International Journal of Sociology and Social Policy, vol.26, 2006, p.430-443
The UK government responds very positively to the social economy, viewing voluntary and community organisations as potential providers of social cohesion, public services and sustainable development. However, this case study of the operation of time banks reveals that existing policy on work and the welfare benefits system are barriers to realising the potential of the sector. For example, time bank participants can exchange time credits for goods such as second hand computers which are regarded as earned income for tax purposes, and disabled people can find their Incapacity Benefit cut because contributing effort to a time bank is regarded as evidence of ability to work.
London: Cabinet Office, 2006
This plan sets out a programme of work across government to improve the life chances of those who suffer, or are judged at risk of, social exclusion. The government intends to break the cycle of disadvantage by focusing on prevention and early intervention in families deemed at risk. The approach will be based on the key principles of: 1) early identification and follow-up of families at risk; 2) systematically identifying “what works” in intervention programmes; 3) promotion of multi-agency working and data sharing; 4) exploration of service delivery based on budget-holding lead professionals brokering tailored packages of support; and 5) early intervention with under-performing local authorities.
Community Care, Sept. 14th-20th 2006, p.16-17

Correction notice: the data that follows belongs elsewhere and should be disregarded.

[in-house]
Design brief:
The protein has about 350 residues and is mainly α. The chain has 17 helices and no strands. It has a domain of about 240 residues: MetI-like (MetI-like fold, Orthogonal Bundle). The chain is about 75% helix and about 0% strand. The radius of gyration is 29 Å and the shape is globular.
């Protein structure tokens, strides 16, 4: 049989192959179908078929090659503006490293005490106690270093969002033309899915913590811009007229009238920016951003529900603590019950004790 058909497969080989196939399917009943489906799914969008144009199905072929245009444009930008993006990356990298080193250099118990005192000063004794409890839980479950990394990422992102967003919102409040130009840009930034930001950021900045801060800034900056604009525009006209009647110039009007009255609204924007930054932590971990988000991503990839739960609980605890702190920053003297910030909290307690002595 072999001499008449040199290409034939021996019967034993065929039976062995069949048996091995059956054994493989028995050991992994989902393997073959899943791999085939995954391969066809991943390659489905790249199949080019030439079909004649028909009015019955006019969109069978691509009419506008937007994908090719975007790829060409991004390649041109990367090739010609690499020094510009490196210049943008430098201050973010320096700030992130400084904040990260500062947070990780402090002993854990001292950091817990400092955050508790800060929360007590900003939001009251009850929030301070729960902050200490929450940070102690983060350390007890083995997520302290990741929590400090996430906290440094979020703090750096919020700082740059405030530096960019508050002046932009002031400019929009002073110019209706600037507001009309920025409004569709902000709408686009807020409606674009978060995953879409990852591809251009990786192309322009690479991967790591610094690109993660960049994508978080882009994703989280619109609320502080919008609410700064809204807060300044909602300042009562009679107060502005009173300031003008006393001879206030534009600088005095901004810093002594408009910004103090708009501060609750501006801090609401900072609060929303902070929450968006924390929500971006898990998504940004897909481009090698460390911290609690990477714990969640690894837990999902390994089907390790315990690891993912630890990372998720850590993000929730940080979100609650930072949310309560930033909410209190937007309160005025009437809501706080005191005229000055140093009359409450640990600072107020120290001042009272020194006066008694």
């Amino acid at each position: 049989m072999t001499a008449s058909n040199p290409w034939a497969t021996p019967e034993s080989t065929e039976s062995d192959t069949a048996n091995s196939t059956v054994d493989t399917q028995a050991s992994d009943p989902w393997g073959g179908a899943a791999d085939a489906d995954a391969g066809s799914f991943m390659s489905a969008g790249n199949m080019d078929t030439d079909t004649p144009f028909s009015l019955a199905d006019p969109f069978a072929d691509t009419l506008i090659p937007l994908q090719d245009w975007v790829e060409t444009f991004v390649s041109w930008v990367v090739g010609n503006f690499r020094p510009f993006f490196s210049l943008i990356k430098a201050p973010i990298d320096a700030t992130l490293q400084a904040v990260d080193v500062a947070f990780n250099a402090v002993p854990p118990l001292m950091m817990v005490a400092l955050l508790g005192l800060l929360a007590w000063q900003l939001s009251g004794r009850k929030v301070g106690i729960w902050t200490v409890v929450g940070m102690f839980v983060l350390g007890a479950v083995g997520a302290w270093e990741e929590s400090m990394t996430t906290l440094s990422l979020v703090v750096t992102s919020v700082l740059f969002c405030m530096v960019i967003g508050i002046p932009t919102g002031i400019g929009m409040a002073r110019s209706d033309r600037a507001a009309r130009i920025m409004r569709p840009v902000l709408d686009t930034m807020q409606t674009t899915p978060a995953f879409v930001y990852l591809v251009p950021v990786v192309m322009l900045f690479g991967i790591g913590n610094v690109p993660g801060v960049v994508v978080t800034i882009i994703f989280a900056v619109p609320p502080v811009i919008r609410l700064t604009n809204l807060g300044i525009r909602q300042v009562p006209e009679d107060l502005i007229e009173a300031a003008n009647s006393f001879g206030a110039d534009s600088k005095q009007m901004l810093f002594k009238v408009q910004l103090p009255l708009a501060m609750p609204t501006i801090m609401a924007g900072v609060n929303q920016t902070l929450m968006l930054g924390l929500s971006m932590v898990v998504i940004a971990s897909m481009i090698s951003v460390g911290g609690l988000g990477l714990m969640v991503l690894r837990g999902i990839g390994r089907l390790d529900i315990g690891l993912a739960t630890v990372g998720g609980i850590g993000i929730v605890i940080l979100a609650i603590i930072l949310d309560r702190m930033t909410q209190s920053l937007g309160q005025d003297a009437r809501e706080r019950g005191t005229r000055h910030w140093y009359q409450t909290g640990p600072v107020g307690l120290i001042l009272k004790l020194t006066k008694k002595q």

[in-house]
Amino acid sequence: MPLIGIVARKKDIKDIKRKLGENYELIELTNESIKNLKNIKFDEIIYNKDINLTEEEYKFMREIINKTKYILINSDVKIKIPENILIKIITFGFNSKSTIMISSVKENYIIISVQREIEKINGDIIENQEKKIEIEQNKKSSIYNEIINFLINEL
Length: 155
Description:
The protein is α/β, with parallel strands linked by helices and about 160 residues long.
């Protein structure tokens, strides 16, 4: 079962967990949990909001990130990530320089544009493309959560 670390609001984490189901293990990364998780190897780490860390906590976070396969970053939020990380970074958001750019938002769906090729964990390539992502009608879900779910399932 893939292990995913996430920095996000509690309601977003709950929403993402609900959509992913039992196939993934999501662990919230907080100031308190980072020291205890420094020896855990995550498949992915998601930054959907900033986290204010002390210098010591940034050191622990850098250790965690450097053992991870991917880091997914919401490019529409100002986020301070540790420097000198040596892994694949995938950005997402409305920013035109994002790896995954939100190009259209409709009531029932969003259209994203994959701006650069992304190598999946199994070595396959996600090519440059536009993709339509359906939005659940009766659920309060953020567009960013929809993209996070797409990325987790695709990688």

Social exclusion minister Hilary Armstrong has been given a brief which includes improving early identification of the most at risk families, reforming services for children in care, reducing teenage pregnancies and improving services for people with mental health problems. Armstrong’s plan for supporting dysfunctional families involves a scheme where health visitors or children’s centre workers will monitor and assist them from before their babies are born until they are aged two.
Community Care, Aug.24th-30th 2006, p.32-33
This article introduces Futurebuilders England which supports voluntary and community organisations in delivering public services through tailored investment packages of grants, loans and consultancy support. Organisations pay back the loans through full-cost contracts or fees that they secure from commissioners. The scheme helps organisations to develop business plans and improve their computer, governance, financial and management systems so that they compete for contracts and deliver services in a more businesslike way.